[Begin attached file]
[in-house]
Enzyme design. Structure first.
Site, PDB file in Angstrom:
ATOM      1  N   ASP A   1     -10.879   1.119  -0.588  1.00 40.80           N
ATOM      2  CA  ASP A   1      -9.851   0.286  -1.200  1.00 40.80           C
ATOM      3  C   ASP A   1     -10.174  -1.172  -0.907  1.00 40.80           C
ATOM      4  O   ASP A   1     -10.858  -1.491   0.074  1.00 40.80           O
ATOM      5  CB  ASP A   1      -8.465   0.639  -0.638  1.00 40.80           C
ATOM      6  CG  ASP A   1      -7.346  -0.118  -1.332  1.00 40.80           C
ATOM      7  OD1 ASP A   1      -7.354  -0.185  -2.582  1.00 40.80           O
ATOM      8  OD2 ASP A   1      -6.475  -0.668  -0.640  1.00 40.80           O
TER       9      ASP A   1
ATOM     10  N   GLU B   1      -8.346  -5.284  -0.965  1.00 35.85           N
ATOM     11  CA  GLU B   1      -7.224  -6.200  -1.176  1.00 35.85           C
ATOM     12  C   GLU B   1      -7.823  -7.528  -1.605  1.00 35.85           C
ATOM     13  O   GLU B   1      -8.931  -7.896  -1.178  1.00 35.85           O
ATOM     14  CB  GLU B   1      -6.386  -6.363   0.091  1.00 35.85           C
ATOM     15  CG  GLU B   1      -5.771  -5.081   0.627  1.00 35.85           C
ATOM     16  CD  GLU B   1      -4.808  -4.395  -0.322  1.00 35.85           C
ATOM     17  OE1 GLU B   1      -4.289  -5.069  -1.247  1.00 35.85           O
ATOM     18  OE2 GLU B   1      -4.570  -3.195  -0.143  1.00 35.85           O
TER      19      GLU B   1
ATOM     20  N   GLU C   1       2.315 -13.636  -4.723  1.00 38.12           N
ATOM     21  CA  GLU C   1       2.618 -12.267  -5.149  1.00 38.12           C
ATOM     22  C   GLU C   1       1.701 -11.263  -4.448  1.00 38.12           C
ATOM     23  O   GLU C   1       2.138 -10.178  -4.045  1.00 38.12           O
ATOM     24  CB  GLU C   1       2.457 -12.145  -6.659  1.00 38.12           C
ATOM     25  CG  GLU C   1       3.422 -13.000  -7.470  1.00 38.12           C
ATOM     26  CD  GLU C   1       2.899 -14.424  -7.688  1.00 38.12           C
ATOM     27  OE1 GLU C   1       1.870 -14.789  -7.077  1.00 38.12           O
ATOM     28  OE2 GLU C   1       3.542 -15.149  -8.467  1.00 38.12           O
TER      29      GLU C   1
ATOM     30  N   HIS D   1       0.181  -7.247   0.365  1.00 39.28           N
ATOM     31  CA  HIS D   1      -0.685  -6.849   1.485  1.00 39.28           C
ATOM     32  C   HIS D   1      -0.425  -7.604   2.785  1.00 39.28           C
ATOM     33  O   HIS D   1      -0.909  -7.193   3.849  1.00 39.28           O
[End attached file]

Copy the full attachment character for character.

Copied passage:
[in-house]
Enzyme design. Structure first.
Site, PDB file in Angstrom:
ATOM      1  N   ASP A   1     -10.879   1.119  -0.588  1.00 40.80           N
ATOM      2  CA  ASP A   1      -9.851   0.286  -1.200  1.00 40.80           C
ATOM      3  C   ASP A   1     -10.174  -1.172  -0.907  1.00 40.80           C
ATOM      4  O   ASP A   1     -10.858  -1.491   0.074  1.00 40.80           O
ATOM      5  CB  ASP A   1      -8.465   0.639  -0.638  1.00 40.80           C
ATOM      6  CG  ASP A   1      -7.346  -0.118  -1.332  1.00 40.80           C
ATOM      7  OD1 ASP A   1      -7.354  -0.185  -2.582  1.00 40.80           O
ATOM      8  OD2 ASP A   1      -6.475  -0.668  -0.640  1.00 40.80           O
TER       9      ASP A   1
ATOM     10  N   GLU B   1      -8.346  -5.284  -0.965  1.00 35.85           N
ATOM     11  CA  GLU B   1      -7.224  -6.200  -1.176  1.00 35.85           C
ATOM     12  C   GLU B   1      -7.823  -7.528  -1.605  1.00 35.85           C
ATOM     13  O   GLU B   1      -8.931  -7.896  -1.178  1.00 35.85           O
ATOM     14  CB  GLU B   1      -6.386  -6.363   0.091  1.00 35.85           C
ATOM     15  CG  GLU B   1      -5.771  -5.081   0.627  1.00 35.85           C
ATOM     16  CD  GLU B   1      -4.808  -4.395  -0.322  1.00 35.85           C
ATOM     17  OE1 GLU B   1      -4.289  -5.069  -1.247  1.00 35.85           O
ATOM     18  OE2 GLU B   1      -4.570  -3.195  -0.143  1.00 35.85           O
TER      19      GLU B   1
ATOM     20  N   GLU C   1       2.315 -13.636  -4.723  1.00 38.12           N
ATOM     21  CA  GLU C   1       2.618 -12.267  -5.149  1.00 38.12           C
ATOM     22  C   GLU C   1       1.701 -11.263  -4.448  1.00 38.12           C
ATOM     23  O   GLU C   1       2.138 -10.178  -4.045  1.00 38.12           O
ATOM     24  CB  GLU C   1       2.457 -12.145  -6.659  1.00 38.12           C
ATOM     25  CG  GLU C   1       3.422 -13.000  -7.470  1.00 38.12           C
ATOM     26  CD  GLU C   1       2.899 -14.424  -7.688  1.00 38.12           C
ATOM     27  OE1 GLU C   1       1.870 -14.789  -7.077  1.00 38.12           O
ATOM     28  OE2 GLU C   1       3.542 -15.149  -8.467  1.00 38.12           O
TER      29      GLU C   1
ATOM     30  N   HIS D   1       0.181  -7.247   0.365  1.00 39.28           N
ATOM     31  CA  HIS D   1      -0.685  -6.849   1.485  1.00 39.28           C
ATOM     32  C   HIS D   1      -0.425  -7.604   2.785  1.00 39.28           C
ATOM     33  O   HIS D   1      -0.909  -7.193   3.849  1.00 39.28           O